In listening, the number one factor for enjoying music still comes down to me, the state of my mind, my ability to listen deeply. All I ask of the cans is to meet me there when I'm ready.
     
    When I'm open and wearing these headphones, I fully music.
     
    With these cans, music is a verb.
      dolgen and ElMarcado like this.
  4. Johannus
    Fantastic clean, detailed, warm, present and well balanced sound!
    Written by Johannus
    Published Apr 25, 2015
    5.0/5,
    Pros - Clean sound, fantastic resolution, great tone, warm, well balanced, very detailed sound, the highs and mids are smooth, clean and sound very musically
    Cons - Amp needed.
    Everything sounds great, extremely clean and extremely detailed on the HD 650.
     
    Fantastic clean sound, fantastic resolution, fantastic tone, warm, extremely well balanced, great bass (not boosted), very detailed sound, well separated instruments, very present sound, great sound stage, the highs and mids are smooth, clean and sound very musically.
     
    And how about the infamous veil of the HD 650? It, definitely, does not exist. Perhaps on the old models, with the black drive, it could be true. On my new model, with the silver drive, there is absolutely no veil.
  5. Petrosmalk
    Fantastic warm, present and well balanced sound!
    Written by Petrosmalk
    Published Apr 21, 2015
    5.0/5,
    Pros - Clean sound, fantastic resolution, great tone, warm, well balanced, very detailed sound, the highs and mids are smooth, clean and sound very musically
    Cons - Amp needed.
    Everything sounds great, extremely clean and extremely detailed on the HD 650.
     
    Fantastic clean sound, fantastic resolution, fantastic tone, warm, extremely well balanced, great bass (not boosted), very detailed sound, well separated instruments, very present sound, great sound stage, the highs and mids are smooth, clean and sound very musically.
     
    And how about the infamous veil of the HD 650? It, definitely, does not exist. Perhaps on the old models, with the black drive, it could be true. On my new model, with the silver drive, there is absolutely no veil.
  6. mikoss
    Beautiful non-fatiguing, laid-back, romantic headphones...
    Written by mikoss
    Published Apr 6, 2015
    5.0/5,
    Pros - Scale very well with gear, sound superb with OTL/tube amps, very comfortable, well balanced sound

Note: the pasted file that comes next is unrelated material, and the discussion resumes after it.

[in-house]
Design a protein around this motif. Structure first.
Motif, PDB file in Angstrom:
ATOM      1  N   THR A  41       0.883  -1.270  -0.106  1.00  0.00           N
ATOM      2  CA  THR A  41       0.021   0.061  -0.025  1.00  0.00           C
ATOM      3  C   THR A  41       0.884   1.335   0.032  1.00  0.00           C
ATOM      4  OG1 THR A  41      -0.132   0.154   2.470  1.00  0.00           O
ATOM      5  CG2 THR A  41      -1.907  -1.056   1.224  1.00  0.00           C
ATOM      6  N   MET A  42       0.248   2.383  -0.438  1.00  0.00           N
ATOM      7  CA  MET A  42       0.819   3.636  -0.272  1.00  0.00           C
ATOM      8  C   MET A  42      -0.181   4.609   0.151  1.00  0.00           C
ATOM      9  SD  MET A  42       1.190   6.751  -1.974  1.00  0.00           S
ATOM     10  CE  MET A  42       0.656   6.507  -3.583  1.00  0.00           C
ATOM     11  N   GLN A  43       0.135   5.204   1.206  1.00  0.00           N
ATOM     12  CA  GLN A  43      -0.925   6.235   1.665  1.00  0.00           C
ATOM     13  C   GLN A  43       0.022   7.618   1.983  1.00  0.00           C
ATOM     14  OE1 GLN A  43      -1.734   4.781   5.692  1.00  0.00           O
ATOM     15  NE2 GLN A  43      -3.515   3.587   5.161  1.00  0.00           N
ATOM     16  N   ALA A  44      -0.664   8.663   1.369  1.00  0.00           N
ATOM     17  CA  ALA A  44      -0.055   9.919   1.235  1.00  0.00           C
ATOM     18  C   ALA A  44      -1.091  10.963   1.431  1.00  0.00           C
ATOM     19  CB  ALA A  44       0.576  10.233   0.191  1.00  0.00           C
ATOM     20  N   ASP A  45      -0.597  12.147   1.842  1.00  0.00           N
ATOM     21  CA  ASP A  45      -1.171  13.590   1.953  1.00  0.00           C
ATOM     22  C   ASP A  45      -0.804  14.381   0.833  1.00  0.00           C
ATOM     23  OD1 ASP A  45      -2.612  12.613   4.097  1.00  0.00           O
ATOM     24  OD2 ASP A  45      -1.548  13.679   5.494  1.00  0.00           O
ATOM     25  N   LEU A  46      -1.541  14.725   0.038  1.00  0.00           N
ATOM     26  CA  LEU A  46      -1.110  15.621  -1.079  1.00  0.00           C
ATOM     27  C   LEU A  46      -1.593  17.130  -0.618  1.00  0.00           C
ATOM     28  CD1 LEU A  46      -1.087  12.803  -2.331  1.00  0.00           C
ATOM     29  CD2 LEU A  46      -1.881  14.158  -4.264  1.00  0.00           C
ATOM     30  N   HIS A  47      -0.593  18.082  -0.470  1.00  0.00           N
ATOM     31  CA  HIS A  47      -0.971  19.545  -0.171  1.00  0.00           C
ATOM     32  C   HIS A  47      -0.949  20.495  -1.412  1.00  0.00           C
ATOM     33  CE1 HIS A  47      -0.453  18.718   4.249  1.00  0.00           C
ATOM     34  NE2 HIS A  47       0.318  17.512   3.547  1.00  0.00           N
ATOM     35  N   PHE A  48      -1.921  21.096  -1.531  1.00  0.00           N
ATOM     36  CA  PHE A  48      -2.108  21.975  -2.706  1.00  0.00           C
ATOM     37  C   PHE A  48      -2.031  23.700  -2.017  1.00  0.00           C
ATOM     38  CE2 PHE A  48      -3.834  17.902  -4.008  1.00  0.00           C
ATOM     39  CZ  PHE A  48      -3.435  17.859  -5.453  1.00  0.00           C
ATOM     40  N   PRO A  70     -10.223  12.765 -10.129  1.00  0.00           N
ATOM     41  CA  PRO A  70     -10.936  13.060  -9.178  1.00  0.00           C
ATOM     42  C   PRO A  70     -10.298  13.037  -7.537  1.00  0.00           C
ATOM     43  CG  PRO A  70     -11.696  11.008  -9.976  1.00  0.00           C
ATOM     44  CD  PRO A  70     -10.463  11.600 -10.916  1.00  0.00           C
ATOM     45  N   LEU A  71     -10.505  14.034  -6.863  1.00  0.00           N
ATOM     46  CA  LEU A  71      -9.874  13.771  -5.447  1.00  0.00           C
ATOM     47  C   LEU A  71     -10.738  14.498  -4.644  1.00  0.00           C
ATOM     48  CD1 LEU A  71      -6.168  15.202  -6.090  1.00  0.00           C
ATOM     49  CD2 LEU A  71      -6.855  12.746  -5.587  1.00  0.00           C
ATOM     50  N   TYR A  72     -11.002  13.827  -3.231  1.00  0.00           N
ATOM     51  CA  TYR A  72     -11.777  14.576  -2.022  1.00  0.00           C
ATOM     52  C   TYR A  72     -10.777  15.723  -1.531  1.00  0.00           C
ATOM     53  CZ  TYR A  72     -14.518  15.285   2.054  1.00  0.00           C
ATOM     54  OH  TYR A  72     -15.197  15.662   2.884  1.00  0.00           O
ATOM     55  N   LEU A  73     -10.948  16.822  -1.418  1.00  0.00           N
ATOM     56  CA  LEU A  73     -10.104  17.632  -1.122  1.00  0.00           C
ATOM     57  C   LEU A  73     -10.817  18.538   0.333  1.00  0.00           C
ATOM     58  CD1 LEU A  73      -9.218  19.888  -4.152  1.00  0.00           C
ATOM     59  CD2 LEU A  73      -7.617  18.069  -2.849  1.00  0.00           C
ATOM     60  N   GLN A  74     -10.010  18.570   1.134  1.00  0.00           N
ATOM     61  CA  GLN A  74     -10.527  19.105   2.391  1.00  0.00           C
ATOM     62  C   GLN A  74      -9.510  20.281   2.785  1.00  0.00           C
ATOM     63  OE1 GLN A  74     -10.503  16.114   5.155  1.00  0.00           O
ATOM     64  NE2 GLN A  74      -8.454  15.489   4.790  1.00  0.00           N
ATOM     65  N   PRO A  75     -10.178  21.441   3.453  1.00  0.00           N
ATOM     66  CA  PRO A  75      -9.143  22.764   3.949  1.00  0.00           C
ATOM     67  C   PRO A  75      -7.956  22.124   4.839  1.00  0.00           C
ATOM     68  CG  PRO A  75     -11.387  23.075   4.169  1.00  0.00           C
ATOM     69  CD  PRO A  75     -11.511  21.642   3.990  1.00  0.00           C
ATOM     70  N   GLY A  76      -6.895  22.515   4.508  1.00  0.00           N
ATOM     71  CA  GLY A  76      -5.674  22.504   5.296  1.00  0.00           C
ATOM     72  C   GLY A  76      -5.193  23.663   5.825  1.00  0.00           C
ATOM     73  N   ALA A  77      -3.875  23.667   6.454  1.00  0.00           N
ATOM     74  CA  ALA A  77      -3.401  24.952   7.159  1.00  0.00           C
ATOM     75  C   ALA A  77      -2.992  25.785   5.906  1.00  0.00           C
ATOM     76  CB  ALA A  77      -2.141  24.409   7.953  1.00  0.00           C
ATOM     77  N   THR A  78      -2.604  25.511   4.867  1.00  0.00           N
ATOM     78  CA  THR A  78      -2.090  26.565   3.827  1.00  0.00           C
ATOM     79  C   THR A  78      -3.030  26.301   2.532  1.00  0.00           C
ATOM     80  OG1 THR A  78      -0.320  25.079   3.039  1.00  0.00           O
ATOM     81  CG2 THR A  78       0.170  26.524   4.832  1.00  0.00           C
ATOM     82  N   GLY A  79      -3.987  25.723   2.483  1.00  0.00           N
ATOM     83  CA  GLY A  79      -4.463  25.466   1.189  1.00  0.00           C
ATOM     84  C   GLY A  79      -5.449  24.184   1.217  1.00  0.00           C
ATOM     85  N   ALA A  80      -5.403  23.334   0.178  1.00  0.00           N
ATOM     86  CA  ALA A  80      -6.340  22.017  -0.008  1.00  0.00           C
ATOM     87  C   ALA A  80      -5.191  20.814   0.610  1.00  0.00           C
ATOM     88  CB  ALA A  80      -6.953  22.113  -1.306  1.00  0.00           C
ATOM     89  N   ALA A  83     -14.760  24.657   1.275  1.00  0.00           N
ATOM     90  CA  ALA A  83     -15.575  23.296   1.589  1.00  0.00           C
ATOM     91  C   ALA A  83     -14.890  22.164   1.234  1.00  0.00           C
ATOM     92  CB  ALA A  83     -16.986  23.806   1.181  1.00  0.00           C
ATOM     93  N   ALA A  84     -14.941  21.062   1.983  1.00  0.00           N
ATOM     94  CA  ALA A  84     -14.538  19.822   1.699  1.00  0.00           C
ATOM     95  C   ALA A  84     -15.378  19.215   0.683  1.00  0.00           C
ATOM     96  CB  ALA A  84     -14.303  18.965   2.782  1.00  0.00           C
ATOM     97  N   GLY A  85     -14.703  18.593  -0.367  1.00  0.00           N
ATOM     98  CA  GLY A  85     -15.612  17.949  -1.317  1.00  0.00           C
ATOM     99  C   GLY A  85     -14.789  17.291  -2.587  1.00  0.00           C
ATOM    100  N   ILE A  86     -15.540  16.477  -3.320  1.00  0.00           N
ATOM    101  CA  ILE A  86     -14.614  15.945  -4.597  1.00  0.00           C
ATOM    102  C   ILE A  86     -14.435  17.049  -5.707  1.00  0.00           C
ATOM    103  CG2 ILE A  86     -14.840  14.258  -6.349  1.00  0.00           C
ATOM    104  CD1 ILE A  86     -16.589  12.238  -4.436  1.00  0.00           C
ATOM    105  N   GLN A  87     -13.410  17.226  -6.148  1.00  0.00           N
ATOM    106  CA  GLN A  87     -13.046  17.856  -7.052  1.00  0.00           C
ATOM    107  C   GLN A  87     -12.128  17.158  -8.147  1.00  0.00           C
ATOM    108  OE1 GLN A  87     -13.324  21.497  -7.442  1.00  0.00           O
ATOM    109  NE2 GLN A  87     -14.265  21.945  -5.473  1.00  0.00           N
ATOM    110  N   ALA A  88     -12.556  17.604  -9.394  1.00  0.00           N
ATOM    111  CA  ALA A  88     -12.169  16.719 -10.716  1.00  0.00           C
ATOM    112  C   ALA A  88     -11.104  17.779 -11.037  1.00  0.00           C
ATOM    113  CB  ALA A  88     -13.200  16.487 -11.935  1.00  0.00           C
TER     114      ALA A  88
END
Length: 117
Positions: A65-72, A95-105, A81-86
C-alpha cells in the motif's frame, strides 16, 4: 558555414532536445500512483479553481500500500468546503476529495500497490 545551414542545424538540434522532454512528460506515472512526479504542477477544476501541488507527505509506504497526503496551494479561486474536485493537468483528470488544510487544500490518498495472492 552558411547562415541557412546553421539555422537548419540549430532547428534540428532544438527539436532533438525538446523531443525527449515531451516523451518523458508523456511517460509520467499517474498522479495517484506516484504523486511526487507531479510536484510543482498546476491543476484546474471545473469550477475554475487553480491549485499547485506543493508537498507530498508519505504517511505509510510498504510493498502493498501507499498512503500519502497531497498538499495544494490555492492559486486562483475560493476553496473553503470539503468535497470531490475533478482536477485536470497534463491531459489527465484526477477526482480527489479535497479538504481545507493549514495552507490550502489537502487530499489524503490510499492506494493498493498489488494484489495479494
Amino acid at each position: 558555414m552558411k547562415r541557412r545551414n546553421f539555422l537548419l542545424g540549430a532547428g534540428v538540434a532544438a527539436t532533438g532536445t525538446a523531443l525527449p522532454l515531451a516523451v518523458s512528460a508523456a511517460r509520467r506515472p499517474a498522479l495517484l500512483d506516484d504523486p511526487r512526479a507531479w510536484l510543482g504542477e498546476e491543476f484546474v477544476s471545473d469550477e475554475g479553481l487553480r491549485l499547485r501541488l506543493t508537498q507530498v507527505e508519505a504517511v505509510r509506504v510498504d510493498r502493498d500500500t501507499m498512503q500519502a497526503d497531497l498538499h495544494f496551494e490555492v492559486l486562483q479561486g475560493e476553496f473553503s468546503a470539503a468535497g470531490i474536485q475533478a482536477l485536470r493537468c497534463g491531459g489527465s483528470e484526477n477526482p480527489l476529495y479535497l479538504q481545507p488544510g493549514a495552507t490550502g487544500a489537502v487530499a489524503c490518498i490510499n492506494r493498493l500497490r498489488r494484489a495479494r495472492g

Cons - Technically bested by newer headphones, not as bright/revealing as newer headphones, "slower" presentation than other headphones
    These headphones are superb in their presentation of rich, harmonic tones. They are not in your face headphones... the bass doesn't have the visceral impact of other headphones, and the highs are not cutting or piercing in any way. These headphones are smooth in a way that other headphones just can't match... they flesh out the tonality of the music, and present it as if you were sitting in the tenth row. You're left to close your eyes and take it all in, without it being pushed at you the way newer, more exciting headphones may do.
     
    The midrange can be lush, organic and supremely holographic with the right gear. The bass is controlled, slightly emphasized compared to completely flat headphones, but in my opinion, there is just enough emphasis to keep things sounding balanced. I'm not left focusing on the impact of the bass, or the sparkle of the treble. There is some of that, but the real star of the show is the smooth, romantic tone. Guitar and vocals really shine for me with the 650's, in a way that is just so natural and smooth. The long listening sessions without any kind of fatigue make these headphones a true classic.
     
    If you're looking to drive these headphones to their full potential, I would recommend a good OTL amp. The Bottlehead Crack, Woo WA2, or the LaFigaro 339 are probably the three that really bring out the best in these headphones. If you're looking for a cheaper solution, go for a DAC/amp combo that uses a tube... the Aune T1, or the Project Ember. Without one of these, you'll most likely find the 650's to sound somewhat unexciting, especially if you compare them with newer headphones. This is usually why a lot of people end up selling these headphones, moving on to better gear, and then buying them back. You've been warned! For the low price they're selling at now, they are well worth keeping and enjoying.